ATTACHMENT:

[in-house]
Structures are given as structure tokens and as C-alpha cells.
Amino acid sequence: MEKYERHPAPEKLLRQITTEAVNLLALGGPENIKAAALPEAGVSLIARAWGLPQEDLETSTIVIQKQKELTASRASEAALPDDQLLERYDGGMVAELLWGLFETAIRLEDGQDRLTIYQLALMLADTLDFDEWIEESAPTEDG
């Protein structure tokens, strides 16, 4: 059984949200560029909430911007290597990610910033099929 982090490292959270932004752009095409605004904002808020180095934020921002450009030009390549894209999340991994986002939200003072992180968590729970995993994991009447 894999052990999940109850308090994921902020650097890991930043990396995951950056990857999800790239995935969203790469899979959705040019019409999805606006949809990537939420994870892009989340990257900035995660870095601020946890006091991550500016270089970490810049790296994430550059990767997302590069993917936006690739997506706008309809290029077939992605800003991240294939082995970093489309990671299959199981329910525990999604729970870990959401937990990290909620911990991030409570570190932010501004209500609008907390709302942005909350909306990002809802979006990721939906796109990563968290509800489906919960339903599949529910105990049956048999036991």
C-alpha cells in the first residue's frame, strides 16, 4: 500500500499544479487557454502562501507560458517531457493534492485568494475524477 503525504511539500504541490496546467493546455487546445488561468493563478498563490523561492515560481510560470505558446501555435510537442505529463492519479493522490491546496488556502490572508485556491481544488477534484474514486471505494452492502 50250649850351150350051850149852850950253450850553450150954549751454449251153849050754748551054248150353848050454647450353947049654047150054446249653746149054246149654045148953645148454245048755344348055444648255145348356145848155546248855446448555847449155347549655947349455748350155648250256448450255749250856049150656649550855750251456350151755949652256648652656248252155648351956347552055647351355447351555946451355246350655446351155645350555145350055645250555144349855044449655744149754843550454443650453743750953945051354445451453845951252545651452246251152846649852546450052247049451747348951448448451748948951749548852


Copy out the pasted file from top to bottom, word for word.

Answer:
[in-house]
Structures are given as structure tokens and as C-alpha cells.
Amino acid sequence: MEKYERHPAPEKLLRQITTEAVNLLALGGPENIKAAALPEAGVSLIARAWGLPQEDLETSTIVIQKQKELTASRASEAALPDDQLLERYDGGMVAELLWGLFETAIRLEDGQDRLTIYQLALMLADTLDFDEWIEESAPTEDG
């Protein structure tokens, strides 16, 4: 059984949200560029909430911007290597990610910033099929 982090490292959270932004752009095409605004904002808020180095934020921002450009030009390549894209999340991994986002939200003072992180968590729970995993994991009447 894999052990999940109850308090994921902020650097890991930043990396995951950056990857999800790239995935969203790469899979959705040019019409999805606006949809990537939420994870892009989340990257900035995660870095601020946890006091991550500016270089970490810049790296994430550059990767997302590069993917936006690739997506706008309809290029077939992605800003991240294939082995970093489309990671299959199981329910525990999604729970870990959401937990990290909620911990991030409570570190932010501004209500609008907390709302942005909350909306990002809802979006990721939906796109990563968290509800489906919960339903599949529910105990049956048999036991």
C-alpha cells in the first residue's frame, strides 16, 4: 500500500499544479487557454502562501507560458517531457493534492485568494475524477 503525504511539500504541490496546467493546455487546445488561468493563478498563490523561492515560481510560470505558446501555435510537442505529463492519479493522490491546496488556502490572508485556491481544488477534484474514486471505494452492502 50250649850351150350051850149852850950253450850553450150954549751454449251153849050754748551054248150353848050454647450353947049654047150054446249653746149054246149654045148953645148454245048755344348055444648255145348356145848155546248855446448555847449155347549655947349455748350155648250256448450255749250856049150656649550855750251456350151755949652256648652656248252155648351956347552055647351355447351555946451355246350655446351155645350555145350055645250555144349855044449655744149754843550454443650453743750953945051354445451453845951252545651452246251152846649852546450052247049451747348951448448451748948951749548852